Of course, the Empire is pretty evil in itself. But not really moreso than the player. The player doesn't act against the Empire because they're worse than you, but because the Empire stands in his way. The Empire is not the opposition, but the competition. You think those rhabdophobic pansies can run a slave colony? Watch this! They're actually proud of their "unbreakable legions of troops"? Meet my friends. They ride wolves.



And while the writing isn't laugh-out-loud funny (it never really was, to be honest), it fills you will a satisfying glee, a naughty appreciation of its cartoonish pantomime. Overlord II asks you to cheer for COBRA or the Decepticons, even if we aren't "supposed" to.

That's actually refreshing. We see so much real evil on the news, and none of it is something to laugh at, nothing to be appreciated or feel happy for. Too many games these days strive to display that brand of injustice and cruelty in the pursuit of the "edgy", the "gritty", the "moral gray". Overlord II seeks just to caper about for the your amusement, like Quaver, your one-eyed Jester, and the cackling little goblins that stand around your feet and throw fireballs at all things cute and fluffy.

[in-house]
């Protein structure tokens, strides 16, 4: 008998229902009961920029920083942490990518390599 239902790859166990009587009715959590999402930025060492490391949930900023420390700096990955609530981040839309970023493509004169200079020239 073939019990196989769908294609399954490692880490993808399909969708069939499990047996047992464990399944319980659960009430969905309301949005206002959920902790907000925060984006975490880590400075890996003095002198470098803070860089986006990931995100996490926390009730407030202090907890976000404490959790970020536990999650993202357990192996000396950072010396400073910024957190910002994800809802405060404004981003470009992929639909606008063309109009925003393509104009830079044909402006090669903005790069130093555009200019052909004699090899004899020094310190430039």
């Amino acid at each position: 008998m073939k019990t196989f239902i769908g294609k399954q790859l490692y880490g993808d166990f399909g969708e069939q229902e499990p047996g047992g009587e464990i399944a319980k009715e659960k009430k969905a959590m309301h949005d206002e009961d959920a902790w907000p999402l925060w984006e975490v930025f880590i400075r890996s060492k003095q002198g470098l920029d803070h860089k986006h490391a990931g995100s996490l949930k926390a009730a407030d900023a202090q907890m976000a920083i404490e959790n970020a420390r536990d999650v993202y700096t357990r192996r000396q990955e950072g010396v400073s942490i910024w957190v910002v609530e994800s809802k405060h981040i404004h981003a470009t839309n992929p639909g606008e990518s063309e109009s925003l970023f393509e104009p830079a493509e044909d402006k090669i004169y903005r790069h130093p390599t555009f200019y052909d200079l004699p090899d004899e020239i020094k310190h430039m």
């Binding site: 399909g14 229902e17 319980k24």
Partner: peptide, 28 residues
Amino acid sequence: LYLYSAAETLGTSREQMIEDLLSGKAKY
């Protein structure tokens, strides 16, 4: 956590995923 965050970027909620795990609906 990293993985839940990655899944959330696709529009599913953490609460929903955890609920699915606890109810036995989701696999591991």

The game does all it can to address at least the aesthetic complaints about the original. There are more wicked-looking weapons to be forged. There are more ways to change the appearance of your audience chamber and quarters. There are (finally) methods to preserve your favorite minions and the things they managed to stack on their heads in all the mayhem. And of course, a proper harem. Polygamy isn't just bad, it's bad-ass.

Best of all, Overlord II gives the player a way to for once play the Overlord, rather than a Sauron rip-off leading a squad of armed furbies.One can actually lord over places conquered, botched though the execution was.

While I would have liked an alternative costume, more "hooded wizard" than "armored hulk", I understand that OG overlord of Overlord I and the "Sentinel" enemies of Overlord II had that style going. Like 300's dastardly Persian king (so offensive, that), I am kind, and I can forgive.

I like the Overlord series, even in spite of itself, because it suffers from no identity crisis, as most other morality-infused games. In the world of Overlord only quandary to be stuck in is when Gnarl tells you to do something but forgets to mark the damn thing on your map. It's not the greatest or most ambitious game in the world, but it's beautifully consistent. Beautifully consistent in its evil, that is. BWAHAHAHAHA!

*For the record, I have yet to encounter any of the bugs Jim noted in the Dtoid review. Maybe I just got lucky, since I bought the PC version. The mouse is also better for controlling your minions.